Okinawa – Southern island of Japan – has a quite unique culture. As we covered in the class, Okinawa once was an independent country itself; once belonged to a different country; and today is a part of Japan. We non-Okinawan would say “Okinawa is of course a part of Japan, but it’s different from the rest of Japan.” Is this the case with what Okinawans see themselves? Since I fortunately have a friend (Kenshiro Oshiro) from Nago, Okinawa, I decided to interview him.
The identity he would prefer is – Okinawan identity
…So his prior identity is that as Okinawan. But, according to him, this is not because he is from a special island with unique historical backgrounds, but is more like affection/sincerity that everyone would hold toward his/her hometown.
Just because he prefers regional identity over the national one does not mean he does not have a national identity – because he DOES see himself as a member of Japanese society, just like us.
“I’m both Okinawan and Japanese. It’s just I have a stronger sense of belonging to my home, than to my country.”
However, as he continued, he came to realize the existence of special pride as Uchinanchu (Okinawan) – being different from Yamatonchu (non-Okinawan).
“We Okinawans have…a pride. We are proud of being the way we are, distinct from the rest of Japan.”
He claims this “pride” came into existence due to the history of discrimination against Okinawa.
H: We chose to belong back to Japan. But I am not sure whether it was right to have done so.
Ever since the year of 1972 when Okinawa was returned from the States, Japanese government has laid such a huge burden to the prefecture of Okinawa, such as existence of the U.S. Army bases.
On the one hand, they are forced to be Japanized. On the other hand, they have been treated different from the rest, and been facing social discrimination. They have always been left in-between. This discrimination brought up their pride – being different from the rest.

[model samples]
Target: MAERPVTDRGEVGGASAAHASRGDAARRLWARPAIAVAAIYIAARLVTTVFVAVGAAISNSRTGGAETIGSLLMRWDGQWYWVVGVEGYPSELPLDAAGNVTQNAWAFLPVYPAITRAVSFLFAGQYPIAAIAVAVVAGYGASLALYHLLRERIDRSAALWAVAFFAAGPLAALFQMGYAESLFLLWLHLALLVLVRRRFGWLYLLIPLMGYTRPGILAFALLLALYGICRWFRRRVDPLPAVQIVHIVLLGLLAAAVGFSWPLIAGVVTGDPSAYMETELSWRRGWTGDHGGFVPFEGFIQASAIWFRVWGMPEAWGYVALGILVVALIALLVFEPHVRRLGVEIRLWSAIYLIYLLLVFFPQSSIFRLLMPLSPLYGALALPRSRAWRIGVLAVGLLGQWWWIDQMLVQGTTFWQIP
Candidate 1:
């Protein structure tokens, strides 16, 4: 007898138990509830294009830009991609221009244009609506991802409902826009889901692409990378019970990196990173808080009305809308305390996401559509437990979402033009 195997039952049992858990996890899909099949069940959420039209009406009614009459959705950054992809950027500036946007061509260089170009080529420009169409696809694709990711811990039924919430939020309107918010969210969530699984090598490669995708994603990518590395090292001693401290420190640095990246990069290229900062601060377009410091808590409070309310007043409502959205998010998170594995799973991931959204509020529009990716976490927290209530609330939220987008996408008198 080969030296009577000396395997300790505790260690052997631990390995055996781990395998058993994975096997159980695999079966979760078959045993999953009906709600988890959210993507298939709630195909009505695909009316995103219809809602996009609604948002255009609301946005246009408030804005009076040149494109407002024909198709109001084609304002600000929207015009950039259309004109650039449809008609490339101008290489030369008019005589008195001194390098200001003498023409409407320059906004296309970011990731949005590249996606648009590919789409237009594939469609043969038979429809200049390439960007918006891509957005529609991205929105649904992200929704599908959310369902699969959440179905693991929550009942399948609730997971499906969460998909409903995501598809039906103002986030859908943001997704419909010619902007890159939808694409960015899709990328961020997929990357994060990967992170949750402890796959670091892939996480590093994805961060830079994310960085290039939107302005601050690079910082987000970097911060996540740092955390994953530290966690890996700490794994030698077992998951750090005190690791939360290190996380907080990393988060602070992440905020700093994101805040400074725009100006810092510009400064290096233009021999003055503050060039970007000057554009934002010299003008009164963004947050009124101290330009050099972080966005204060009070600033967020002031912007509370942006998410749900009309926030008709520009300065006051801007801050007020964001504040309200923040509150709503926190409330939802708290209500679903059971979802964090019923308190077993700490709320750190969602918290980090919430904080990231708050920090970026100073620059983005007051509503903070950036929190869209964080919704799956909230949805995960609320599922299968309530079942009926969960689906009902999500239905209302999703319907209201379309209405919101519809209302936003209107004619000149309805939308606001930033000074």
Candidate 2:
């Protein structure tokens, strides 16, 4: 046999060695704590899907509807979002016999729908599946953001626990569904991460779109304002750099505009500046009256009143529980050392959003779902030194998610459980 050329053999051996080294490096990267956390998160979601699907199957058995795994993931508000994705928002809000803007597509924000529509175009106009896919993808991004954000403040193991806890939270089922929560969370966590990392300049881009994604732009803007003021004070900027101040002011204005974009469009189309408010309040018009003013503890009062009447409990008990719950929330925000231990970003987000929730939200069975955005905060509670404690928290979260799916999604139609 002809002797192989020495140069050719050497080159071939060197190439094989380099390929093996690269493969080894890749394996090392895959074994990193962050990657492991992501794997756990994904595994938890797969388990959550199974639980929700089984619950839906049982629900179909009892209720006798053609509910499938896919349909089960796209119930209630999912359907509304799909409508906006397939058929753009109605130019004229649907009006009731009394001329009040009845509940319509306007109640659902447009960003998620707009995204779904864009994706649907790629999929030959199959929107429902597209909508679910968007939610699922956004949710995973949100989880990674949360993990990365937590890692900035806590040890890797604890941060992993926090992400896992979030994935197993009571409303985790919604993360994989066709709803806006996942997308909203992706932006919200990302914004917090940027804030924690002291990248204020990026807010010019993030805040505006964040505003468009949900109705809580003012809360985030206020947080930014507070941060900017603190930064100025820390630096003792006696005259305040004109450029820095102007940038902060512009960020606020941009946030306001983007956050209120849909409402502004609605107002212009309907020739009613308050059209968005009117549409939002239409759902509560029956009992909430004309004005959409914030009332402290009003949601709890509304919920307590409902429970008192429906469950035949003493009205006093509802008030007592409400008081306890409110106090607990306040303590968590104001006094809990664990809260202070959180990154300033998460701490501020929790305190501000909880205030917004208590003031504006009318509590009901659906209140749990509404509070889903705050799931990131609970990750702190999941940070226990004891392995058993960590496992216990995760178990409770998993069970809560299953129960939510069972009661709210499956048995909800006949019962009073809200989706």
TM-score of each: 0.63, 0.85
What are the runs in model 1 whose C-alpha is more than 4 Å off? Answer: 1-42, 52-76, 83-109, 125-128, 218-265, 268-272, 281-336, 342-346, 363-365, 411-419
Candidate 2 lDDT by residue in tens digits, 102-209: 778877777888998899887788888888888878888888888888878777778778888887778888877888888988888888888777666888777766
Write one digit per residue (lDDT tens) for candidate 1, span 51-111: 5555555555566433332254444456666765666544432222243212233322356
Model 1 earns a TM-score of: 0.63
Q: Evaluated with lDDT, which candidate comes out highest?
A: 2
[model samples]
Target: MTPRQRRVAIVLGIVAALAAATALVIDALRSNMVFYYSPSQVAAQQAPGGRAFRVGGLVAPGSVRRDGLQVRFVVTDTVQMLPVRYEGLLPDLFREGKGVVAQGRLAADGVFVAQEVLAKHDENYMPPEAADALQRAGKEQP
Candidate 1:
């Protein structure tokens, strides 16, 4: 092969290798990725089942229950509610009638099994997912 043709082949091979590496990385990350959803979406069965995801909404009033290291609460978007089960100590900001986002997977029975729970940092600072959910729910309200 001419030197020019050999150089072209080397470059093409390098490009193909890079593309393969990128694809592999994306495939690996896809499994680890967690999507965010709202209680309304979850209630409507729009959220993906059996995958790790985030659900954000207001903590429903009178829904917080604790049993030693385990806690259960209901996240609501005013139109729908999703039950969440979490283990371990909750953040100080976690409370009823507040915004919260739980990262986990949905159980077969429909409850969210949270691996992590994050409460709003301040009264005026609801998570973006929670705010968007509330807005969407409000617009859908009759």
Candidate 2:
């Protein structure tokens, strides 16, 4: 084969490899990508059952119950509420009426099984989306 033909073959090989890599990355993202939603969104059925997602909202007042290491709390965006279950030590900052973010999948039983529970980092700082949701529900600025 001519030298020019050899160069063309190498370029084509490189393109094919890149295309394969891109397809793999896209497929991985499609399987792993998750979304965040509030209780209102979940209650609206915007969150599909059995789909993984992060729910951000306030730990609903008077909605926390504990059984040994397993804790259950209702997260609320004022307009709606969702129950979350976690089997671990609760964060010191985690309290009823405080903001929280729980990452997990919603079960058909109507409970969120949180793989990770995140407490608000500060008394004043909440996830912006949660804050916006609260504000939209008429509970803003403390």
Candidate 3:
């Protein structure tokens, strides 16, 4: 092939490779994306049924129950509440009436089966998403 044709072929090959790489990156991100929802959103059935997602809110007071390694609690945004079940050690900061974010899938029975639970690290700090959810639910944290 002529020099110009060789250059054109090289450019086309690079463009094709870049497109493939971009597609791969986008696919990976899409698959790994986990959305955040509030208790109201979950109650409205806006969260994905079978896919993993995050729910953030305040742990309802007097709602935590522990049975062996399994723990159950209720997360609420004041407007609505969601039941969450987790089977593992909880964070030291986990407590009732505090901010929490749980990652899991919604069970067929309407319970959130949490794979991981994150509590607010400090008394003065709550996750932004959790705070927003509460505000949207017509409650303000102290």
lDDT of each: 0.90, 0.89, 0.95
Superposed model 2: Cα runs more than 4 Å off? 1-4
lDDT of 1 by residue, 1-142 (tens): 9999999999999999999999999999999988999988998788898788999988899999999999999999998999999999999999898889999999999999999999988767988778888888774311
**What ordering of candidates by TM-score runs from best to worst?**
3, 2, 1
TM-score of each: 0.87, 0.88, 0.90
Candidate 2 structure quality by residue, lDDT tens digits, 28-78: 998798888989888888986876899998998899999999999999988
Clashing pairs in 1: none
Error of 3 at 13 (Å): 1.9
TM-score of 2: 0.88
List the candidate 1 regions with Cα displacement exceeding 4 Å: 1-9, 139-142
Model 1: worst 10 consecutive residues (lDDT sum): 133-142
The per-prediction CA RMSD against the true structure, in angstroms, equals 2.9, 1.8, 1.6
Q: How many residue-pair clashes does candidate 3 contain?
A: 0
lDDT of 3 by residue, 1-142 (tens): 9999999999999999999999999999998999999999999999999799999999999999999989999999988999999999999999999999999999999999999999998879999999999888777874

“We have been considered different, treated differently. They always saw us behind in lower status. This long-time inferiority complex has strengthened our pride as Uchinanchu.”
But at the same time, he says Okinawans thank the nation for their economical development.
“If we had made a different choice, I don’t think Okinawa could survive in today’s globalized economy. In this sense, that choice was a right one.”
I personally think having different culture and values is interesting and fun, unless each culture and its people are properly respected. But in reality, Okinawans have been suffering from segregation because of its unique history. And this is now the way we can be proud of ourselves.
“It is very important to learn the historical background when it comes to discuss the issues surrounding Okinawa. Things are so complicated that not all of them can be seen on the surface.”
That is true. We non-Okinawans are too unconscious or ignorant about this issue. This is the biggest problem. The first step to resolve the issue is for us to get to know the history and current situation.
It is on us whether to leave the issue as it is now, or to try to make it better.
Special thanks to Kenshiro Oshiro (11/14/2011)